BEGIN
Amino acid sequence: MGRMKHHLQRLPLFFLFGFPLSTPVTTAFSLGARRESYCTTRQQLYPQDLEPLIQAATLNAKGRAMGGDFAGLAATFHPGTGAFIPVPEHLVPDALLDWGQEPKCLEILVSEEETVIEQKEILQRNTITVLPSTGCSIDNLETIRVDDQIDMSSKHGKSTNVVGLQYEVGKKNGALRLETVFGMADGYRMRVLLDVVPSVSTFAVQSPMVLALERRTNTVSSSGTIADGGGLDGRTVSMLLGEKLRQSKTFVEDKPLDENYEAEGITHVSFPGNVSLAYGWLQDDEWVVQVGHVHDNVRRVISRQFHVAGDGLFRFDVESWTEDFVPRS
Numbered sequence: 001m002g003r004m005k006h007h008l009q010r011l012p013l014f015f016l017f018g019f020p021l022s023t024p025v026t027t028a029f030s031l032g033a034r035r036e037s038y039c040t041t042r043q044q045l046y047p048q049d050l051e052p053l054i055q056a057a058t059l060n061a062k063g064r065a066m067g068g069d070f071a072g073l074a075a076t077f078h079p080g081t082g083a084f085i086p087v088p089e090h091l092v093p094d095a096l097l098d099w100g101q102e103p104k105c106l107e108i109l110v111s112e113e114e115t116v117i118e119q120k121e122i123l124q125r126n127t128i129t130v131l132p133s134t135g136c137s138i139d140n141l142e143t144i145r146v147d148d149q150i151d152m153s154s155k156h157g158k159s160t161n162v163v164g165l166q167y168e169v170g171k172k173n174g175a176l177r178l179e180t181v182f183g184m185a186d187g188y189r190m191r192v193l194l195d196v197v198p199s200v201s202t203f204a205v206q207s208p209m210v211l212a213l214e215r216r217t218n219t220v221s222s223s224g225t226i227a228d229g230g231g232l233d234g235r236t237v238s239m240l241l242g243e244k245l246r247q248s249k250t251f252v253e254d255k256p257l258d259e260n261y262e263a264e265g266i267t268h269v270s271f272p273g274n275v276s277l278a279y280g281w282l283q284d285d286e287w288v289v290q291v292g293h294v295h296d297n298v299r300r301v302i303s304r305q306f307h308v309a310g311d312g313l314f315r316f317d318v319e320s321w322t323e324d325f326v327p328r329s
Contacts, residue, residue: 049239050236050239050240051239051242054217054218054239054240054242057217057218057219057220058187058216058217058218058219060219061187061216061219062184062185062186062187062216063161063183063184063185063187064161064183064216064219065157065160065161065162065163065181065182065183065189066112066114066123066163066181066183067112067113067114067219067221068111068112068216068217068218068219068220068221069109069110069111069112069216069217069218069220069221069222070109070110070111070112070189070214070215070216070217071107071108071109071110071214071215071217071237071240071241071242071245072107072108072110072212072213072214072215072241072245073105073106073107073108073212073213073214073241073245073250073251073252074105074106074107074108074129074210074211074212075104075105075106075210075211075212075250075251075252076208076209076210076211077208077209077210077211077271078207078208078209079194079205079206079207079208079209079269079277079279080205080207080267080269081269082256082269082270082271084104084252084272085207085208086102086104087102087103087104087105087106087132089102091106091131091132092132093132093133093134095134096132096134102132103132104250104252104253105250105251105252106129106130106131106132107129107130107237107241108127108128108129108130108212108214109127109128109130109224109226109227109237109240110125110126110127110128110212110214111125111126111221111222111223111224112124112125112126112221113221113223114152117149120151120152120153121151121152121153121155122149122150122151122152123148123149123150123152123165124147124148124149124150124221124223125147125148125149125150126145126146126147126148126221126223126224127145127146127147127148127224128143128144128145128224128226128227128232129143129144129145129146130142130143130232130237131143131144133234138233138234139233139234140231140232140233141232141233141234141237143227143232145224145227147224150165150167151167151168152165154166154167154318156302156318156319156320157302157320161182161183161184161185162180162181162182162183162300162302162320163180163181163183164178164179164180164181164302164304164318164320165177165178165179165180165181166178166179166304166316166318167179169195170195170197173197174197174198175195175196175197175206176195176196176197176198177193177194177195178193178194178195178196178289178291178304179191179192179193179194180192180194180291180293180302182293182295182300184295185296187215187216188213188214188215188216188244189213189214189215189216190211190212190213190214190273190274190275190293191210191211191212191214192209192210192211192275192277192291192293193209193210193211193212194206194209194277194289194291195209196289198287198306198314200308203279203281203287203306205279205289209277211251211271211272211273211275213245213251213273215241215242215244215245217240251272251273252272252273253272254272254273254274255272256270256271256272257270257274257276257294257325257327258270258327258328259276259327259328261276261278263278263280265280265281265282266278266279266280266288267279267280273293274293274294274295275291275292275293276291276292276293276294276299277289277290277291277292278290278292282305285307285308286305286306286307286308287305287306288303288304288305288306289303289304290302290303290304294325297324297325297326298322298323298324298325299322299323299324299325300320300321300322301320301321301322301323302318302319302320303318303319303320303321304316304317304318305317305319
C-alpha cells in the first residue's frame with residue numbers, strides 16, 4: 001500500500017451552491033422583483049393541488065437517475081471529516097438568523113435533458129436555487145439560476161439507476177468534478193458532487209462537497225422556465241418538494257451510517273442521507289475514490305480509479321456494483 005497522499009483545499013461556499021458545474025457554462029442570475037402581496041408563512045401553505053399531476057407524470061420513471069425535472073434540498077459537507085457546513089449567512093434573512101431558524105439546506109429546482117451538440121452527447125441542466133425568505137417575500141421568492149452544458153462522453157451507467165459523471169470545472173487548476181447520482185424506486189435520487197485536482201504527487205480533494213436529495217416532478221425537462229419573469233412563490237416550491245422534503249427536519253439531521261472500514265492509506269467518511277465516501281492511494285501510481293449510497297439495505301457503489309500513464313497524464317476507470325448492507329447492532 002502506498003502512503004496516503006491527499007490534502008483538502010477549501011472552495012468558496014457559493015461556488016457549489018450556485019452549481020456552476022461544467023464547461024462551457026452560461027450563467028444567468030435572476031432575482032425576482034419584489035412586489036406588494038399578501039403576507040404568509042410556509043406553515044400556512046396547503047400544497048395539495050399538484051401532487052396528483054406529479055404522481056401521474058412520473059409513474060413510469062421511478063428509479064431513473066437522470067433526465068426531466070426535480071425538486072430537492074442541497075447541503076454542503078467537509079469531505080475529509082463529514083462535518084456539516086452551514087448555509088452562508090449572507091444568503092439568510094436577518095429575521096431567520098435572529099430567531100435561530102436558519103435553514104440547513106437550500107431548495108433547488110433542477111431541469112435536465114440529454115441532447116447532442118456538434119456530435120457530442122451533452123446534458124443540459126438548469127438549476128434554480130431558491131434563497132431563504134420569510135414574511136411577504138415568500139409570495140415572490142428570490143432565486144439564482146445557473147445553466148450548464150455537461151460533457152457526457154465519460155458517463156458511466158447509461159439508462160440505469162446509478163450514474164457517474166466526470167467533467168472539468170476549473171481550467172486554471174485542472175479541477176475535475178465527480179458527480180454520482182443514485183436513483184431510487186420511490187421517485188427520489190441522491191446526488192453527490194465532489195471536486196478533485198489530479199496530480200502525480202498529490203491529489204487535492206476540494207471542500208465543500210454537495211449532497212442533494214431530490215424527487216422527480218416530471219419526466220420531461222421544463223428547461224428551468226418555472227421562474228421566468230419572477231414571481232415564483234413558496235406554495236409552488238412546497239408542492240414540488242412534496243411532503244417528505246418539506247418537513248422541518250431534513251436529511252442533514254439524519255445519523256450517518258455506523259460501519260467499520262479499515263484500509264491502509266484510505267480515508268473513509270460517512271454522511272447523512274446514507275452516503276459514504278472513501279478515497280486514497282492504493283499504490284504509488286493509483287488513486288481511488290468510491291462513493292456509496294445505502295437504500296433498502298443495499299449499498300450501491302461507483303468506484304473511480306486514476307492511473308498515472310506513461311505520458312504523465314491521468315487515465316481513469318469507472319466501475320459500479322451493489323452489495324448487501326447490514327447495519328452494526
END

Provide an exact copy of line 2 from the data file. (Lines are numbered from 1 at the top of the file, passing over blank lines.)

Numbered sequence: 001m002g003r004m005k006h007h008l009q010r011l012p013l014f015f016l017f018g019f020p021l022s023t024p025v026t027t028a029f030s031l032g033a034r035r036e037s038y039c040t041t042r043q044q045l046y047p048q049d050l051e052p053l054i055q056a057a058t059l060n061a062k063g064r065a066m067g068g069d070f071a072g073l074a075a076t077f078h079p080g081t082g083a084f085i086p087v088p089e090h091l092v093p094d095a096l097l098d099w100g101q102e103p104k105c106l107e108i109l110v111s112e113e114e115t116v117i118e119q120k121e122i123l124q125r126n127t128i129t130v131l132p133s134t135g136c137s138i139d140n141l142e143t144i145r146v147d148d149q150i151d152m153s154s155k156h157g158k159s160t161n162v163v164g165l166q167y168e169v170g171k172k173n174g175a176l177r178l179e180t181v182f183g184m185a186d187g188y189r190m191r192v193l194l195d196v197v198p199s200v201s202t203f204a205v206q207s208p209m210v211l212a213l214e215r216r217t218n219t220v221s222s223s224g225t226i227a228d229g230g231g232l233d234g235r236t237v238s239m240l241l242g243e244k245l246r247q248s249k250t251f252v253e254d255k256p257l258d259e260n261y262e263a264e265g266i267t268h269v270s271f272p273g274n275v276s277l278a279y280g281w282l283q284d285d286e287w288v289v290q291v292g293h294v295h296d297n298v299r300r301v302i303s304r305q306f307h308v309a310g311d312g313l314f315r316f317d318v319e320s321w322t323e324d325f326v327p328r329s